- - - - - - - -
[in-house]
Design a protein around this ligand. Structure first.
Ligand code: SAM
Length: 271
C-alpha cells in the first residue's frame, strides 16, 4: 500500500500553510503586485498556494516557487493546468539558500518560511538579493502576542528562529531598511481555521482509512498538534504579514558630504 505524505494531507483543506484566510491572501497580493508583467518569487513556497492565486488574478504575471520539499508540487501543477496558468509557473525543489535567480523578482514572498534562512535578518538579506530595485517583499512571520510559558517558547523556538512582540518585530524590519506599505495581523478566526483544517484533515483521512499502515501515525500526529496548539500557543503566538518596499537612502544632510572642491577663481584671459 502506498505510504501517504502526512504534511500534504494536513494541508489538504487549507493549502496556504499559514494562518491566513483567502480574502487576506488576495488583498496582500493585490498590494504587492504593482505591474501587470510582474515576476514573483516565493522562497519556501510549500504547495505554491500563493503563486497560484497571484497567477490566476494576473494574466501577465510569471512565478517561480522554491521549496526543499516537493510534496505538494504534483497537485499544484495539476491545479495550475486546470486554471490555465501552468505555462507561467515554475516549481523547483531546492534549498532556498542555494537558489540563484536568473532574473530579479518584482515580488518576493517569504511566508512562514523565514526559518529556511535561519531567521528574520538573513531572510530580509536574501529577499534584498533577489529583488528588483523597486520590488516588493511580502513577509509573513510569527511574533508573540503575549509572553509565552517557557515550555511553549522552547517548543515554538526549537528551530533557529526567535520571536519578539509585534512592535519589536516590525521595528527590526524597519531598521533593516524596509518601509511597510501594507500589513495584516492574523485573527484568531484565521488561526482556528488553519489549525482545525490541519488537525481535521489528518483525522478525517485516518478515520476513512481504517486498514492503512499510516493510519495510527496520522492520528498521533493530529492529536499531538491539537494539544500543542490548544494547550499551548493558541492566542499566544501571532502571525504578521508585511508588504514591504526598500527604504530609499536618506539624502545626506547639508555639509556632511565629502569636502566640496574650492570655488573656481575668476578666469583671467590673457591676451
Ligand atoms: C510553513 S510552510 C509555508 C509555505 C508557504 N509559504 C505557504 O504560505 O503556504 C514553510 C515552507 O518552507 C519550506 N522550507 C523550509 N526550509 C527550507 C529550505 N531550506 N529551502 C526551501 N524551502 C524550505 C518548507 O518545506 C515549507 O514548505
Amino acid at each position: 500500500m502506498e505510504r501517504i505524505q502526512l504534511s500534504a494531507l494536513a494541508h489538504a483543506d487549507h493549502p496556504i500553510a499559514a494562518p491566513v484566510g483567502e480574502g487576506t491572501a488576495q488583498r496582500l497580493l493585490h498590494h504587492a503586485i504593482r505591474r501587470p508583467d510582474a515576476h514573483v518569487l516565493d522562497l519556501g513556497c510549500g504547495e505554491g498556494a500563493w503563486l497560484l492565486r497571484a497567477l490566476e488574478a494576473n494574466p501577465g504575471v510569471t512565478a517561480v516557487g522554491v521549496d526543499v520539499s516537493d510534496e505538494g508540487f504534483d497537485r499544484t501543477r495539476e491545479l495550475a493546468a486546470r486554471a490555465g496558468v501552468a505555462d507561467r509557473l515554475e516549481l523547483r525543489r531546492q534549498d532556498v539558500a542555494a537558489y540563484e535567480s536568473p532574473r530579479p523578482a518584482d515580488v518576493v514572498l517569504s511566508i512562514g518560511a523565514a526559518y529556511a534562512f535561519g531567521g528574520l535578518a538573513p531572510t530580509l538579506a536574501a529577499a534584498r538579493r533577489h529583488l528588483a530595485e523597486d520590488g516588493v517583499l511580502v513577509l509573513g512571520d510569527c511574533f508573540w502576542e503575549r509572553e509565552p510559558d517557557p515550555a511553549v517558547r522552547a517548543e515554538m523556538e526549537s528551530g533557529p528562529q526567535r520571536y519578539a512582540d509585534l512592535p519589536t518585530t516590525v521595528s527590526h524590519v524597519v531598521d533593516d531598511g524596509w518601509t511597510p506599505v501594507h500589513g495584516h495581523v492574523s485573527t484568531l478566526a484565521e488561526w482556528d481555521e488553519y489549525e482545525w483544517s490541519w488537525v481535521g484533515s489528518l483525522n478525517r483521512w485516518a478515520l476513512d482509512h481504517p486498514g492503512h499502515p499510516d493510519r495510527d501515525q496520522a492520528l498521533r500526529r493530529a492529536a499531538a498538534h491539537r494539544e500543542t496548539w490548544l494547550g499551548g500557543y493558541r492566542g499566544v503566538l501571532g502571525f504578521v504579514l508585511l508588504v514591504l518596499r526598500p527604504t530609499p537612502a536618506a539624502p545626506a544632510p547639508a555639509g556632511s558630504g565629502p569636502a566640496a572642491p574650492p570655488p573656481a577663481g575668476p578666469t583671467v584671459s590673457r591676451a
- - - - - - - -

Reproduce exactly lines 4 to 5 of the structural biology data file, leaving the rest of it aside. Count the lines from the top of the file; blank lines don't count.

Length: 271
C-alpha cells in the first residue's frame, strides 16, 4: 500500500500553510503586485498556494516557487493546468539558500518560511538579493502576542528562529531598511481555521482509512498538534504579514558630504 505524505494531507483543506484566510491572501497580493508583467518569487513556497492565486488574478504575471520539499508540487501543477496558468509557473525543489535567480523578482514572498534562512535578518538579506530595485517583499512571520510559558517558547523556538512582540518585530524590519506599505495581523478566526483544517484533515483521512499502515501515525500526529496548539500557543503566538518596499537612502544632510572642491577663481584671459 502506498505510504501517504502526512504534511500534504494536513494541508489538504487549507493549502496556504499559514494562518491566513483567502480574502487576506488576495488583498496582500493585490498590494504587492504593482505591474501587470510582474515576476514573483516565493522562497519556501510549500504547495505554491500563493503563486497560484497571484497567477490566476494576473494574466501577465510569471512565478517561480522554491521549496526543499516537493510534496505538494504534483497537485499544484495539476491545479495550475486546470486554471490555465501552468505555462507561467515554475516549481523547483531546492534549498532556498542555494537558489540563484536568473532574473530579479518584482515580488518576493517569504511566508512562514523565514526559518529556511535561519531567521528574520538573513531572510530580509536574501529577499534584498533577489529583488528588483523597486520590488516588493511580502513577509509573513510569527511574533508573540503575549509572553509565552517557557515550555511553549522552547517548543515554538526549537528551530533557529526567535520571536519578539509585534512592535519589536516590525521595528527590526524597519531598521533593516524596509518601509511597510501594507500589513495584516492574523485573527484568531484565521488561526482556528488553519489549525482545525490541519488537525481535521489528518483525522478525517485516518478515520476513512481504517486498514492503512499510516493510519495510527496520522492520528498521533493530529492529536499531538491539537494539544500543542490548544494547550499551548493558541492566542499566544501571532502571525504578521508585511508588504514591504526598500527604504530609499536618506539624502545626506547639508555639509556632511565629502569636502566640496574650492570655488573656481575668476578666469583671467590673457591676451